How to Cool a Warehouse With Roof Vents

Written by tim mcquade
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How to Cool a Warehouse With Roof Vents
Proper ventilation and cooling of large buildings can be difficult. (office windows image by Yasen Pramatarov from Fotolia.com)

A large building, such as a warehouse, can absorb large amounts of direct solar heat, hot air infiltration from outside, and internal heat production from machines, appliances and people. Installing large electric ventilation systems can work but these are quite costly. Other methods, using passive solar energy, can make a noticeable difference in cooling a building and can save money as well. Using natural convection currents, the Venturi principle, and other methods can help to efficiently cool and ventilate a building.

Skill level:
Moderate

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Instructions

  1. 1

    Open roof vents and windows at ground level. By opening roof vents and windows low on the structure of a building, you can use natural convection currents to assist in cooling and ventilating a warehouse or large building. This method of cooling is called the "stack effect." The stack effect takes advantage of hot air being less dense, rising and then exiting a building through openings towards the ceiling. When hot air rises due to natural convection currents, it leaves behind an area of slightly less air pressure. As the pressure and temperature want to reach equilibrium, new, fresh air will suction into the building through windows that are at or near ground level. The greater the difference in height between the point of air intake and exit, the greater the convection current, ventilation and cooling.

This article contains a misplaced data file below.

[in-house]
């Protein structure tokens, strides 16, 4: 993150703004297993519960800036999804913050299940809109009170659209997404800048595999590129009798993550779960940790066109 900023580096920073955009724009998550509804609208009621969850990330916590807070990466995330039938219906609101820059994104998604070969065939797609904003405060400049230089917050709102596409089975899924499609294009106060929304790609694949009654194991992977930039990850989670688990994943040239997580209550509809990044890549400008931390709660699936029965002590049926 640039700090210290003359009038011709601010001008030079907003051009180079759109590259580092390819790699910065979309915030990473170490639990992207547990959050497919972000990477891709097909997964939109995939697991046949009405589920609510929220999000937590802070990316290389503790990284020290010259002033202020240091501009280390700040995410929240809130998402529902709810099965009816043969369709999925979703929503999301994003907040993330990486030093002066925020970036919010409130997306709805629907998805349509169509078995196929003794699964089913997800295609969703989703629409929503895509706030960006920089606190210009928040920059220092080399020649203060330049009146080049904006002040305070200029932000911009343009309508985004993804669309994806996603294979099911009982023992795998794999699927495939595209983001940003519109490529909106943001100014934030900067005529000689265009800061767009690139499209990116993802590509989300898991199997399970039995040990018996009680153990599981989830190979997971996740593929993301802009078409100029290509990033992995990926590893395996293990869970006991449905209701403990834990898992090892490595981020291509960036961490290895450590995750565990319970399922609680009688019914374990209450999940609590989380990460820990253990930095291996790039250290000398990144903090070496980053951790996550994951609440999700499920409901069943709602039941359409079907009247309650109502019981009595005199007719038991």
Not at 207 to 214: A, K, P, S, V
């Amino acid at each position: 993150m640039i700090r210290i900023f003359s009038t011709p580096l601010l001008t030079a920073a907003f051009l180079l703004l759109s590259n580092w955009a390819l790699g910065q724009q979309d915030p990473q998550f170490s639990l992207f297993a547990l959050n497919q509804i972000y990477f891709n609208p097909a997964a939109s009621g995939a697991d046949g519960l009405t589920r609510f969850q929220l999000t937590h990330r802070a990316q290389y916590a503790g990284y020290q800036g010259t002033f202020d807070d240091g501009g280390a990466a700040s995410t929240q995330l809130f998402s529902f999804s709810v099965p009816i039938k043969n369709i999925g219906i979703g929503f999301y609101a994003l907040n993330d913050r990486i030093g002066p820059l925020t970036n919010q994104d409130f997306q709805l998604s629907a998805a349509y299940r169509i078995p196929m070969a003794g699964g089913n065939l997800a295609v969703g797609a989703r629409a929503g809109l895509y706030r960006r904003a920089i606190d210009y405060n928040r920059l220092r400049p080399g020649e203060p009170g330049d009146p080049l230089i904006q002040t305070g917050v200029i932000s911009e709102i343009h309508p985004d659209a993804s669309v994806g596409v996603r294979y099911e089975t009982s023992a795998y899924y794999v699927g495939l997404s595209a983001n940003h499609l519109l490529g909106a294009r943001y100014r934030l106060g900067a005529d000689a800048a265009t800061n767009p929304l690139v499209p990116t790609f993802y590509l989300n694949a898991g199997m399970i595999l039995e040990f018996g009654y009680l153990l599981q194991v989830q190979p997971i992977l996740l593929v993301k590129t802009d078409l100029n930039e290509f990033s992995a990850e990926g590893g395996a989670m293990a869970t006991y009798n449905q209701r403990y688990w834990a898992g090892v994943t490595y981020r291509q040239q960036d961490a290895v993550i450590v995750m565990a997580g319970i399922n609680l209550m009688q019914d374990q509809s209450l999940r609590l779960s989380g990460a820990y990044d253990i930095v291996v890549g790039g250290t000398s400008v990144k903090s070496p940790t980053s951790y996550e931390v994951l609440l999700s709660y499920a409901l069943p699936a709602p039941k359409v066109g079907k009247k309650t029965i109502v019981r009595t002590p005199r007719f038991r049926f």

2. 2

    Install smaller windows on the windward side of the building. By installing smaller openings or windows on the windward side of the building, you can use the Venturi effect. When a breeze is fed through a confined opening, the Venturi effect states that the air will speed up. Bernoulli's principle further states that when air speeds up, its pressure decreases. As air tends to move from higher to lower pressure, a slight suction can be initiated on the inside of a small windward window, creating a higher flow of air into the building. When this is paired with a convection current, it increases the flow of air from lower, smaller windows and up through roof vents.

  3. 3

    Install a solar chimney on top of roof vents to further increase the convection current that pulls hot air out of a building. The greater the distance between cool-air intake and hot-air exit, the greater the convection flow. A solar chimney is a chimney designed to feed hot air up and out of a building. If a solar chimney is black or a dark colour, it will absorb more solar light and therefore heat. Insulating the solar chimney will further heat it. As this air temperature further increases within the solar chimney, the convection current will increase. Install a spinning wind turbine on top of the solar chimney that uses openings opposite the wind to further increase the suction of hot air outside the roof of the building.

  4. 4

    Install a wind scoop on top of the roof vents. If the warehouse is surrounded by wind-obstructing objects, such as other buildings or hills, a wind scoop can be used to capture a heavy wind at or above roof level. This method is used in densely populated areas in Africa and the Middle East to siphon cool winds down from above roof level. The air and wind at this level is also more free of contaminants, such as dust, found at ground level. A wind scoop will not be effective in areas without prevalent winds.

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